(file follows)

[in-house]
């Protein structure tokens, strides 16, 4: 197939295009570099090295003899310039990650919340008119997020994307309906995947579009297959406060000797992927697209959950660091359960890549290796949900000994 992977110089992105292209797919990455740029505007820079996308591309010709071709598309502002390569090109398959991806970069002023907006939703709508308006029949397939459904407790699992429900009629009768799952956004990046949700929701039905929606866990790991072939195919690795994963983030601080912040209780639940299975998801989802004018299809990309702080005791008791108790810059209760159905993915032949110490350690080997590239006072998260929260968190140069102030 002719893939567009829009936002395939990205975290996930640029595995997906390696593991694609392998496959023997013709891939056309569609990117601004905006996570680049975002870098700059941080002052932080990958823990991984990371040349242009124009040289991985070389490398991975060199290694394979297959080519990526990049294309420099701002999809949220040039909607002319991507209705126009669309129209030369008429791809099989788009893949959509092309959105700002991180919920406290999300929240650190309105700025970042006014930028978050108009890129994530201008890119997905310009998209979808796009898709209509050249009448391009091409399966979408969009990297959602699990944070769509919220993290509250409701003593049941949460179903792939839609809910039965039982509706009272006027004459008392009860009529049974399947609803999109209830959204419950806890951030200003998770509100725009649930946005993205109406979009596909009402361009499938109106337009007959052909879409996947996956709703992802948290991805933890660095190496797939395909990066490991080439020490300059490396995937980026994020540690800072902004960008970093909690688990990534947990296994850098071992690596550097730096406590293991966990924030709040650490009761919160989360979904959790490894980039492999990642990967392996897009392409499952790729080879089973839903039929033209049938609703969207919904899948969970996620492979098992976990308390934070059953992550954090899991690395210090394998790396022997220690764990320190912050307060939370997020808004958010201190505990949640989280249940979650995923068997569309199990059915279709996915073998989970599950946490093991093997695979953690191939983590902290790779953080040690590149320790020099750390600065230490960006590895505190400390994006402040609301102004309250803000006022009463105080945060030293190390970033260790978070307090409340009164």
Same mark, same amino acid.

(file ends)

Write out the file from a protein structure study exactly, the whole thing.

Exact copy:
[in-house]
């Protein structure tokens, strides 16, 4: 197939295009570099090295003899310039990650919340008119997020994307309906995947579009297959406060000797992927697209959950660091359960890549290796949900000994 992977110089992105292209797919990455740029505007820079996308591309010709071709598309502002390569090109398959991806970069002023907006939703709508308006029949397939459904407790699992429900009629009768799952956004990046949700929701039905929606866990790991072939195919690795994963983030601080912040209780639940299975998801989802004018299809990309702080005791008791108790810059209760159905993915032949110490350690080997590239006072998260929260968190140069102030 002719893939567009829009936002395939990205975290996930640029595995997906390696593991694609392998496959023997013709891939056309569609990117601004905006996570680049975002870098700059941080002052932080990958823990991984990371040349242009124009040289991985070389490398991975060199290694394979297959080519990526990049294309420099701002999809949220040039909607002319991507209705126009669309129209030369008429791809099989788009893949959509092309959105700002991180919920406290999300929240650190309105700025970042006014930028978050108009890129994530201008890119997905310009998209979808796009898709209509050249009448391009091409399966979408969009990297959602699990944070769509919220993290509250409701003593049941949460179903792939839609809910039965039982509706009272006027004459008392009860009529049974399947609803999109209830959204419950806890951030200003998770509100725009649930946005993205109406979009596909009402361009499938109106337009007959052909879409996947996956709703992802948290991805933890660095190496797939395909990066490991080439020490300059490396995937980026994020540690800072902004960008970093909690688990990534947990296994850098071992690596550097730096406590293991966990924030709040650490009761919160989360979904959790490894980039492999990642990967392996897009392409499952790729080879089973839903039929033209049938609703969207919904899948969970996620492979098992976990308390934070059953992550954090899991690395210090394998790396022997220690764990320190912050307060939370997020808004958010201190505990949640989280249940979650995923068997569309199990059915279709996915073998989970599950946490093991093997695979953690191939983590902290790779953080040690590149320790020099750390600065230490960006590895505190400390994006402040609301102004309250803000006022009463105080945060030293190390970033260790978070307090409340009164």
Same mark, same amino acid.